How are drugs tested?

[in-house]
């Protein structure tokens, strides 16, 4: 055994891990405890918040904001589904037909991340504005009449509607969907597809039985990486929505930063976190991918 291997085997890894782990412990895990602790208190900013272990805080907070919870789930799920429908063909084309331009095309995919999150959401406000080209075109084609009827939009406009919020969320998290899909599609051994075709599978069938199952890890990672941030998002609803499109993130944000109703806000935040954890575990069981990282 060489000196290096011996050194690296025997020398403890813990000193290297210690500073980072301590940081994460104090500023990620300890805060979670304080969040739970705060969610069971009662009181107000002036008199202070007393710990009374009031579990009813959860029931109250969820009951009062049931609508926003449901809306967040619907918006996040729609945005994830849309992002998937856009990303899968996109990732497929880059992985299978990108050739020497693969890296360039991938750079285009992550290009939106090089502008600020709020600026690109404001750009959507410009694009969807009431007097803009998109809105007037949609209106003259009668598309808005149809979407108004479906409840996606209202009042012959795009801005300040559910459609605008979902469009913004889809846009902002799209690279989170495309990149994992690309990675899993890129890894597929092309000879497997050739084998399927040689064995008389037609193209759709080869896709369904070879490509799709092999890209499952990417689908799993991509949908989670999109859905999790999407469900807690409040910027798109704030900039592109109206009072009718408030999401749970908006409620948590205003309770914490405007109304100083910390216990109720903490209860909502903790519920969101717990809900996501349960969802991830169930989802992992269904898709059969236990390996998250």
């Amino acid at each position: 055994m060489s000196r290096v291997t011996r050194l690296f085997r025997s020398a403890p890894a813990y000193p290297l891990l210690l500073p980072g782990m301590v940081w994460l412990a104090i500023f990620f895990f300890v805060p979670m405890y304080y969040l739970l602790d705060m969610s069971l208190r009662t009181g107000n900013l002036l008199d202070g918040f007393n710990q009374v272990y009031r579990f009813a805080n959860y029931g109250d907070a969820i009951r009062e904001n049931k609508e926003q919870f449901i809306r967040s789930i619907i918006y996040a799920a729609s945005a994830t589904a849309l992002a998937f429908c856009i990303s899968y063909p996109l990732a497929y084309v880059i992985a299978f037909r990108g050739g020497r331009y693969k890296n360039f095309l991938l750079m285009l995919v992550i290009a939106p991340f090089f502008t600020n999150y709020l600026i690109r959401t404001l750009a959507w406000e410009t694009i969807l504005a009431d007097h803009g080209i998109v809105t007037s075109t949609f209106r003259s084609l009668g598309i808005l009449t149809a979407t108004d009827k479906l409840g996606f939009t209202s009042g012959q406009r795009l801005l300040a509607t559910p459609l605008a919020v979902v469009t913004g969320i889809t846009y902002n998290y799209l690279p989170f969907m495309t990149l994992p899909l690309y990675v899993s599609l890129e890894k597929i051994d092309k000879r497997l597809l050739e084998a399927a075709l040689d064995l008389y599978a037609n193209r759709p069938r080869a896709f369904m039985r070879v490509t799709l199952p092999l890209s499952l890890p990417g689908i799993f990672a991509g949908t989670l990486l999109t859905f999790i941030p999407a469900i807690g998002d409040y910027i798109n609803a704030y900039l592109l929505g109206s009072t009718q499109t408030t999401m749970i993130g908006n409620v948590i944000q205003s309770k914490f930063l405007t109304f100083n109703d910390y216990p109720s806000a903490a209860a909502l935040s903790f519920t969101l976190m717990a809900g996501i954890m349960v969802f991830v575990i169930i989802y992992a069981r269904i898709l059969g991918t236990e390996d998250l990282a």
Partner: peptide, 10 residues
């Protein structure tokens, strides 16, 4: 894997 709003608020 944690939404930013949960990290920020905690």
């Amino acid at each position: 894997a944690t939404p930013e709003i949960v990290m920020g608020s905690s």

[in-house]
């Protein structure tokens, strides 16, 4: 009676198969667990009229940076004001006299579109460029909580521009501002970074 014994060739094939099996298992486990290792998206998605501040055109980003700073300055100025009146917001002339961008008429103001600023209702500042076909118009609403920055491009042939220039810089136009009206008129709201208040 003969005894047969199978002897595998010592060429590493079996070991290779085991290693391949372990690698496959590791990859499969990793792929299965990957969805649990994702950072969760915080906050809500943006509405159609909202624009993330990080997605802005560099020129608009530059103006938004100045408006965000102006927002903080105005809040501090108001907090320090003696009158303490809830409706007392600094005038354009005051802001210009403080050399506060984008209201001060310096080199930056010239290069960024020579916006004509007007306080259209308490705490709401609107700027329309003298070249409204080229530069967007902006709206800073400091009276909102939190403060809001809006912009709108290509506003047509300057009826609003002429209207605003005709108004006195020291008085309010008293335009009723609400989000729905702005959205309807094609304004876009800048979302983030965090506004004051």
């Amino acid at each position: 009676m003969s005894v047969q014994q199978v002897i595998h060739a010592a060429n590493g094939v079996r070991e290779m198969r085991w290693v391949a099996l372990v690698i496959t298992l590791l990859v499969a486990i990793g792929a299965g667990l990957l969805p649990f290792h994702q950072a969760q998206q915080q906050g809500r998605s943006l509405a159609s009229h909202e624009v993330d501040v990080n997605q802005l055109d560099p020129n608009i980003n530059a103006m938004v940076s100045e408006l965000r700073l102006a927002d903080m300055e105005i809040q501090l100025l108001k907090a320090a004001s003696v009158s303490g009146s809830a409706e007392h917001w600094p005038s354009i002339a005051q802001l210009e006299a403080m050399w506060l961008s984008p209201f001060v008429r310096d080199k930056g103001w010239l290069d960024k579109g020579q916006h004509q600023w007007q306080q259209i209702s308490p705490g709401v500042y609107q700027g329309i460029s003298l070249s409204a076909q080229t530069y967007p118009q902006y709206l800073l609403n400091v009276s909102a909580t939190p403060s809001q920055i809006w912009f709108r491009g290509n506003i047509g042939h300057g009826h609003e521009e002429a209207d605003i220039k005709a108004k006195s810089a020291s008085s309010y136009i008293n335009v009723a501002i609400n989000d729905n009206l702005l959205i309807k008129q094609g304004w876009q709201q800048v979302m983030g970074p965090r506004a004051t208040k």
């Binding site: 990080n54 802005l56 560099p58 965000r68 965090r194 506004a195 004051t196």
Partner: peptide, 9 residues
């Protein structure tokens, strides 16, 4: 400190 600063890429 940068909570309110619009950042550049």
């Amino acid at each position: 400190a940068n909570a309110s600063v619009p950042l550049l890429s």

Guided by U.S.A. laws and regulations, a drug must go through a number of different testing phases to prove that it is both effective for the targeted medical condition and is safe for use with patients. The first step in a drug’s development process is laboratory investigation where extensive chemical and animal studies are conducted to gain an understanding of how the drug works. Next, the medication is evaluated for safety in small group of healthy human volunteers. If test results prove satisfactory, the drug is tested on a small number of patients with the targeted condition, to determine actual benefit. If these rigorous screening steps are passed successfully, a new medication enters the third phase of testing – advanced clinical trials. In phase III studies, a large number of patients with the targeted condition are given the investigational treatment to evaluate its effectiveness, dosage and side effects. After all these phases of research are successfully completed, a new drug is prepared and submitted for review by the US Food and Drug Administration (FDA). If the drug is determined to be safe and effective, it is given FDA marketing approval. Before a clinical research study can be initiated at a hospital or an institution, the protocol which describes the procedures by which it will be conducted must first by reviewed by the FDA and an Institutional Review Board (IRB). And IRB is a group of both medical and non medical representatives of the community who review proposed research studies to assess potential benefits and risks and to insure that the study is safe, that participants are protected and fully informed.